[ACCEPTED]-Spring @Transactional Annotation : Self Invocation-self-invoking-function

Accepted answer
Score: 18

What I don't understand is why do people 21 say self invocation breaks transaction?

I 20 never heard that self-invocation breaks 19 transaction. All I know is that self-invocation 18 will not start a new transaction and you 17 already mentioned the reason why.

Snippet from Spring's Transaction Management Specification

Note In proxy 16 mode (which is the default), only external 15 method calls coming in through the proxy 14 are intercepted. This means that self-invocation, in 13 effect, a method within the target object 12 calling another method of the target object, will 11 not lead to an actual transaction at runtime 10 even if the invoked method is marked with @Transactional.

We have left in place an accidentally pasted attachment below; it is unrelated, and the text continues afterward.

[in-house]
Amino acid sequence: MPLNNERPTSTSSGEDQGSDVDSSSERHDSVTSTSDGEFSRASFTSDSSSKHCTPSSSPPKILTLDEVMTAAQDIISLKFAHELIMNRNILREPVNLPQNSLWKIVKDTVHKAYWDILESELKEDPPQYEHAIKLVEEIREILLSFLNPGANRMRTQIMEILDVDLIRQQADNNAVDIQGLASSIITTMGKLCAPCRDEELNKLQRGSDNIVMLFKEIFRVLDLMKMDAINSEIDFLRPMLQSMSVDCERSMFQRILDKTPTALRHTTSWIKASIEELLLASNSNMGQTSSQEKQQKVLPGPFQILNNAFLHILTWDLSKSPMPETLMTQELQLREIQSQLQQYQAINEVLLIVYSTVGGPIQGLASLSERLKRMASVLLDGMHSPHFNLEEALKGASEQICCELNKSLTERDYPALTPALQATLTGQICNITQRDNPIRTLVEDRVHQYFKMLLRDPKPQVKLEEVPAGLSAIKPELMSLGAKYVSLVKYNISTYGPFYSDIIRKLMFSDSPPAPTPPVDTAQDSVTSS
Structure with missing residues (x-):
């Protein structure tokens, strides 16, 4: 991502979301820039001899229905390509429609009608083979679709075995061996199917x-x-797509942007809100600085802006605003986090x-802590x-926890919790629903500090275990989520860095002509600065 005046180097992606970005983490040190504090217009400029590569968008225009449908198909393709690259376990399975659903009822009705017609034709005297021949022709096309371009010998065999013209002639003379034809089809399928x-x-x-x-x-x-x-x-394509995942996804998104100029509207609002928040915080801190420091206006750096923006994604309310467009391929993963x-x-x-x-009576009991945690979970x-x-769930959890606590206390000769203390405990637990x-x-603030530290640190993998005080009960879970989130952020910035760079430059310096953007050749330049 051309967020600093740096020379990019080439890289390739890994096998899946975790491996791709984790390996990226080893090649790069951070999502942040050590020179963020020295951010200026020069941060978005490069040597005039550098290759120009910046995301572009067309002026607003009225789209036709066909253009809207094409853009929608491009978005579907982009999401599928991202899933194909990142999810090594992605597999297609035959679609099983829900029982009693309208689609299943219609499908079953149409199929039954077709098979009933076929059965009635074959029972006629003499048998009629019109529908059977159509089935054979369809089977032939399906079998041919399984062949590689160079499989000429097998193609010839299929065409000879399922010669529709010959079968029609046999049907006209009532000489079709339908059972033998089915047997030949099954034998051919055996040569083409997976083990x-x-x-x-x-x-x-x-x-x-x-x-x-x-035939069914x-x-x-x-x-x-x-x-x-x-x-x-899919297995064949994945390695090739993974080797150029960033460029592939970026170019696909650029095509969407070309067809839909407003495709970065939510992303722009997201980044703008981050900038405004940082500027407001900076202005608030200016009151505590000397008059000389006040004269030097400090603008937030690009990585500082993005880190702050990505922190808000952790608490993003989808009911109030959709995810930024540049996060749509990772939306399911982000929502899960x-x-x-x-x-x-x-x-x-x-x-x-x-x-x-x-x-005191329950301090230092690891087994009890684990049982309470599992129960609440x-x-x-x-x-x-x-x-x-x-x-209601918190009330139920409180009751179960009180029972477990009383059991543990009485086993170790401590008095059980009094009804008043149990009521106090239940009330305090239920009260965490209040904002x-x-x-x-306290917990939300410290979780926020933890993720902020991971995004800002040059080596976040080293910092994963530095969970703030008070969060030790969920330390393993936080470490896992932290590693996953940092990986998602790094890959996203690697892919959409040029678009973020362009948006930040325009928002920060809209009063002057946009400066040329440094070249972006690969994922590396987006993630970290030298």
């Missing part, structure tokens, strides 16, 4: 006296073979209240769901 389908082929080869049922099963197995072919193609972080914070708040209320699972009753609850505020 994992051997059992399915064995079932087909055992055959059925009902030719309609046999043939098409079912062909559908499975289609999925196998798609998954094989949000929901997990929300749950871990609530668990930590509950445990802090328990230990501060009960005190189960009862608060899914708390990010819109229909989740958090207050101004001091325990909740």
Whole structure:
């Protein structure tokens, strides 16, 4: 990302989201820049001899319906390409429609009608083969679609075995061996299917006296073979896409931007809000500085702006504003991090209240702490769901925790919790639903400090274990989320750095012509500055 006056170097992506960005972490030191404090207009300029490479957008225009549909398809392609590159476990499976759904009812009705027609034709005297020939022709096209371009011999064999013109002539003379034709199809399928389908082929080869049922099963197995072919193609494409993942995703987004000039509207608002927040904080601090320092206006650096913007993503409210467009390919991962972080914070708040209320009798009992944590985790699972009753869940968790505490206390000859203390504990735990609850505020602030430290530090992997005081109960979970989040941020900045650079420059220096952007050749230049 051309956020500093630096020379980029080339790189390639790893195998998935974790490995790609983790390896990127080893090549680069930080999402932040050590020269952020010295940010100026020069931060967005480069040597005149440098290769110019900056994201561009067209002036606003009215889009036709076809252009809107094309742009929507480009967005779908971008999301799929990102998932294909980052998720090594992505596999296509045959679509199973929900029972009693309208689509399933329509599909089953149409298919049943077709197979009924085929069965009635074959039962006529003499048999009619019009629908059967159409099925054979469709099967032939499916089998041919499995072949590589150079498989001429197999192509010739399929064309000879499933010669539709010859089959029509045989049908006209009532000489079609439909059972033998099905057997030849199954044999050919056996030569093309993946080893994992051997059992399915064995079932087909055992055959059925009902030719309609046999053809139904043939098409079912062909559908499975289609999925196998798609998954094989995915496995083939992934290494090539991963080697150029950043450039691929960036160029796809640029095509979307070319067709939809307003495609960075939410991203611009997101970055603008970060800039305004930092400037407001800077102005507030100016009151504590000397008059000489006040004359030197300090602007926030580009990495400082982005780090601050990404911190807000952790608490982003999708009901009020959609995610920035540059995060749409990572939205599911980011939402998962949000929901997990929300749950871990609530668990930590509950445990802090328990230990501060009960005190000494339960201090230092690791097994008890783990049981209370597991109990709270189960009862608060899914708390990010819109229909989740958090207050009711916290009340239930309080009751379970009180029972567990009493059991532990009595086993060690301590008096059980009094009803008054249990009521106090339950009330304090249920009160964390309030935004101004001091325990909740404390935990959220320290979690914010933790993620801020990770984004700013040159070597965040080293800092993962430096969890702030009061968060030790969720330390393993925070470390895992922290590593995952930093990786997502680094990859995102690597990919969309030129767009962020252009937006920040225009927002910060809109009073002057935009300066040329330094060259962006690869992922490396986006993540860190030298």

If 9 you remove @Transaction annotation from saveAB(), you would 8 observe that method saveA() and saveB() would not run 7 under transaction even though it is annotated 6 with @Transactional. However, if you call saveA() or saveB() from outside 5 the class, it will run under transaction 4 as expected. That is the reason why people 3 advice to be cautious with self-invocation.

public void saveAB(A a, B b)

public void saveA(A a)

public void saveB(B b)

In 2 my view, self-invoking any public method 1 is a bad idea.

Score: 1

If you call saveAB and saveB throws an Exception, your transaction 3 will rollback.

Self-invocation doesn't break 2 the transnational context. It just not starts 1 one if nk contdxt id available.

More Related questions